The federal sport minister is ramping up her criticism of those leading Hockey Canada — an organization accused of mishandling allegations of gang rapes — by urging them to vacant their positions before the sports body is damaged beyond repair.
“I hope they understand the message and leave before they burn it to the ground,” Pascale St-Onge said Thursday after a cabinet meeting on Parliament Hill.
Her comments are just the latest salvo aimed at the national ice hockey body.
Canadian Tire announced earlier in the day that it is permanently ending its partnership with Hockey Canada.
“In our view, Hockey Canada continues to resist meaningful change and we can no longer confidently move forward together,” said Jessica Sims, a spokesperson for the Canadian Tire Corporation.
“CTC is proud of our commitment to sport and will continue to invest in our beloved national game by redirecting support to hockey-related organizations that better align with our values.”
Other Canadian companies are pulling their support as well.
Telus, which was considered a “premier” sponsor, announced Thursday morning it no longer will be funding Hockey Canada’s men’s program for the upcoming season.
“We are deeply disheartened by the lack of action and commitment from Hockey Canada to drive necessary cultural change,” the telecommunications company said in a statement.
“Telus will not be sponsoring Hockey Canada’s men’s hockey programs for the 2022-23 season, including the upcoming world juniors tournament. We remain passionate fans and supporters of the sport of hockey and stand committed to enabling systemic change to make hockey safe for all.”
Hockey Canada is planning to host the 2023 World Junior Championship in Halifax and Moncton, N.B., from Dec. 26 to Jan. 5.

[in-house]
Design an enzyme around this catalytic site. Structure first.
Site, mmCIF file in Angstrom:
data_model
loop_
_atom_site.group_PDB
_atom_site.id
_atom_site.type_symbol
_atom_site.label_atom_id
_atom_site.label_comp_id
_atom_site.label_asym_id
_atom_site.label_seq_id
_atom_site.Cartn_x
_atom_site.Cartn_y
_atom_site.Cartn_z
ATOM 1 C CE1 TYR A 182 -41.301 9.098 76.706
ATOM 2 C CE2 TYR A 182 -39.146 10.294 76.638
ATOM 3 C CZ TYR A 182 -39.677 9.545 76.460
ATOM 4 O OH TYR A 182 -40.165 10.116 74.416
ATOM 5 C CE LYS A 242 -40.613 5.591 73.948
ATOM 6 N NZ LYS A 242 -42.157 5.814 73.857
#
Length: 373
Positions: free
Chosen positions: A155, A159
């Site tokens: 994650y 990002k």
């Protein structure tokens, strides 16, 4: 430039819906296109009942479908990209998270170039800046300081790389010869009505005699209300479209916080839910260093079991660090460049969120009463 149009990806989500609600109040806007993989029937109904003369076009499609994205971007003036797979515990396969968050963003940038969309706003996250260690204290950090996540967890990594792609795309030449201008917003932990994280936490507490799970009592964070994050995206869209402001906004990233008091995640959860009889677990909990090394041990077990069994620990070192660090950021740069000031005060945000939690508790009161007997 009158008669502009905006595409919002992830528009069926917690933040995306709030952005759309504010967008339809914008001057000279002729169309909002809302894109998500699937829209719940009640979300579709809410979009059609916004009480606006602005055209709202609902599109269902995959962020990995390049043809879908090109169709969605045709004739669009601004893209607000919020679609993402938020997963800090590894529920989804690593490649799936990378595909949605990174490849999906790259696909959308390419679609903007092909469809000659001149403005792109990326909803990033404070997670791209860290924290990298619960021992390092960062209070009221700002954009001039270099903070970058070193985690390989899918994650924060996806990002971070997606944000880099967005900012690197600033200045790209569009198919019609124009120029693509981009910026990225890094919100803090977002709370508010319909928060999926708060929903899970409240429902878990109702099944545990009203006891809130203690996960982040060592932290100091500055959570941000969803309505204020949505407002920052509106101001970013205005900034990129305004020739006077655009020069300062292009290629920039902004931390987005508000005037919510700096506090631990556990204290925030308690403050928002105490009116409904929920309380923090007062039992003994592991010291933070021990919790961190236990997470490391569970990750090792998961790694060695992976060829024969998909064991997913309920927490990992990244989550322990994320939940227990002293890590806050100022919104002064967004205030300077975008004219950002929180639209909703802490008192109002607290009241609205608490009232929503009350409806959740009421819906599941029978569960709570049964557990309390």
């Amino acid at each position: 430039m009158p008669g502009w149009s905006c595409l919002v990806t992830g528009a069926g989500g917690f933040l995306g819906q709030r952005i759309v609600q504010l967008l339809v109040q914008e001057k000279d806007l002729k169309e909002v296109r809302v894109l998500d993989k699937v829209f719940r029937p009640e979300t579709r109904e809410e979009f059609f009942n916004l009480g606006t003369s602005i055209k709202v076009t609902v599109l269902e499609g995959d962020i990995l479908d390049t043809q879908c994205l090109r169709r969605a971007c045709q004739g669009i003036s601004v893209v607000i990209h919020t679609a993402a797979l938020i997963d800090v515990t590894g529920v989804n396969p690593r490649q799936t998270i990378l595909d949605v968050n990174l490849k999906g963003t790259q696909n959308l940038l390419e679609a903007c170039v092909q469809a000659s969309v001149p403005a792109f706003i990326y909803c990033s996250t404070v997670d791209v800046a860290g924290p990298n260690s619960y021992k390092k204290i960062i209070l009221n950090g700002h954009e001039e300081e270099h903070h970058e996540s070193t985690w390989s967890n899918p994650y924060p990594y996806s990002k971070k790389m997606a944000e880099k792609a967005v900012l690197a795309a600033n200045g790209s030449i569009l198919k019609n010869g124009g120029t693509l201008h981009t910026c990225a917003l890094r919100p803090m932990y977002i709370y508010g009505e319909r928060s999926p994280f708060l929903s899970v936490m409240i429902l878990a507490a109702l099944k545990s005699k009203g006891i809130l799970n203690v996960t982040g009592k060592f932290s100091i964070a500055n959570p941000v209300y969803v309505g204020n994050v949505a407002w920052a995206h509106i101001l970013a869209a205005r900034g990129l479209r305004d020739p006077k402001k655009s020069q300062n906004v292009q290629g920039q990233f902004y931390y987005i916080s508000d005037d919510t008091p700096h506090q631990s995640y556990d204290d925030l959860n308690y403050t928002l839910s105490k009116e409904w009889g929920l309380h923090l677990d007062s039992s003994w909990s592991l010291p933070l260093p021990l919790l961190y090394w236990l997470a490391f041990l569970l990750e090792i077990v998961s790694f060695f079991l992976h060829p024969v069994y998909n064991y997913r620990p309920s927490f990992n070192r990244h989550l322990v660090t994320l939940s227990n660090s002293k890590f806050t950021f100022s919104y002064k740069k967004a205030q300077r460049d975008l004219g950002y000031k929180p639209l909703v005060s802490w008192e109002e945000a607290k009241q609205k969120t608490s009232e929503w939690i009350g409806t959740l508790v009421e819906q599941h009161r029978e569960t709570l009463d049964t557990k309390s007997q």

On Wednesday, Tim Hortons announced it would be pulling its sponsorship from all Hockey Canada men’s hockey programming for the 2022-23 season, including the men’s world junior championships.
Major sponsors paused funding ahead of the August 2022 world junior championships in Edmonton after TSN reported in May that Hockey Canada had paid an undisclosed settlement to a woman who alleges she was sexually assaulted by eight players, including members of Canada’s 2018 world junior team.
Hockey Canada has since confirmed it has paid out $8.9 million in settlements to 21 complainants with sexual misconduct claims against its players since 1989.
The organization also has admitted it drew on minor hockey membership fees to pay for uninsured liabilities, including sexual abuse claims.
The CBC’s The Fifth Estate identified at least 15 cases of alleged group sexual assault involving junior hockey players that have been investigated by police since 1989 — half of which surfaced in the past decade — through a review of public records.
Hockey Canada says no to management changes
The companies’ decisions add corporate pressure to mounting calls for ice hockey’s national governing body to undergo a change in its leadership after a widely panned appearance by one of its executives in front of a parliamentary committee this week.
On Tuesday, interim board chair Andrea Skinner defended Hockey Canada, saying it has an “excellent reputation” and suggesting its critics are scapegoating “hockey as a centrepiece for toxic culture.”
Skinner has insisted that Hockey Canada won’t be making any changes to its management despite a direct request from St-Onge, who has said she believes mass resignations at the governing body are necessary to restore public trust.
At one point, Skinner was asked to grade the performance of Hockey Canada’s CEO Scott Smith, who has been widely condemned for his management of the organization.